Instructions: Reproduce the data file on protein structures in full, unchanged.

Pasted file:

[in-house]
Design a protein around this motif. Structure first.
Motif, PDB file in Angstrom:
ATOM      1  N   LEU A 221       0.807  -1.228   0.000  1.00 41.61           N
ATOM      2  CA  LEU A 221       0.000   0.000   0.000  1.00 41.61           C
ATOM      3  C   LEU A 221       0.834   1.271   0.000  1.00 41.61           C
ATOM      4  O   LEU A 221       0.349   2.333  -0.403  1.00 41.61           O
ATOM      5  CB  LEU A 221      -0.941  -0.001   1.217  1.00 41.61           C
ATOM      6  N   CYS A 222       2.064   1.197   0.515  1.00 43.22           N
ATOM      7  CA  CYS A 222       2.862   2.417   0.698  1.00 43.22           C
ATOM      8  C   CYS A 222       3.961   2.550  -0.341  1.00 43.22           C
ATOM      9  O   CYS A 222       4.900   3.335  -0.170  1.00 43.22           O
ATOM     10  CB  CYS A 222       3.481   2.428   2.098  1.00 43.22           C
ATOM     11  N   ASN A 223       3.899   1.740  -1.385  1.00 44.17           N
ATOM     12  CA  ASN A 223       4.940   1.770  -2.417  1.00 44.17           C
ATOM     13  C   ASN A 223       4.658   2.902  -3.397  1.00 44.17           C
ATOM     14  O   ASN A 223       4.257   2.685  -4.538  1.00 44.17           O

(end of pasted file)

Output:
[in-house]
Design a protein around this motif. Structure first.
Motif, PDB file in Angstrom:
ATOM      1  N   LEU A 221       0.807  -1.228   0.000  1.00 41.61           N
ATOM      2  CA  LEU A 221       0.000   0.000   0.000  1.00 41.61           C
ATOM      3  C   LEU A 221       0.834   1.271   0.000  1.00 41.61           C
ATOM      4  O   LEU A 221       0.349   2.333  -0.403  1.00 41.61           O
ATOM      5  CB  LEU A 221      -0.941  -0.001   1.217  1.00 41.61           C
ATOM      6  N   CYS A 222       2.064   1.197   0.515  1.00 43.22           N
ATOM      7  CA  CYS A 222       2.862   2.417   0.698  1.00 43.22           C
ATOM      8  C   CYS A 222       3.961   2.550  -0.341  1.00 43.22           C
ATOM      9  O   CYS A 222       4.900   3.335  -0.170  1.00 43.22           O
ATOM     10  CB  CYS A 222       3.481   2.428   2.098  1.00 43.22           C
ATOM     11  N   ASN A 223       3.899   1.740  -1.385  1.00 44.17           N
ATOM     12  CA  ASN A 223       4.940   1.770  -2.417  1.00 44.17           C
ATOM     13  C   ASN A 223       4.658   2.902  -3.397  1.00 44.17           C
ATOM     14  O   ASN A 223       4.257   2.685  -4.538  1.00 44.17           O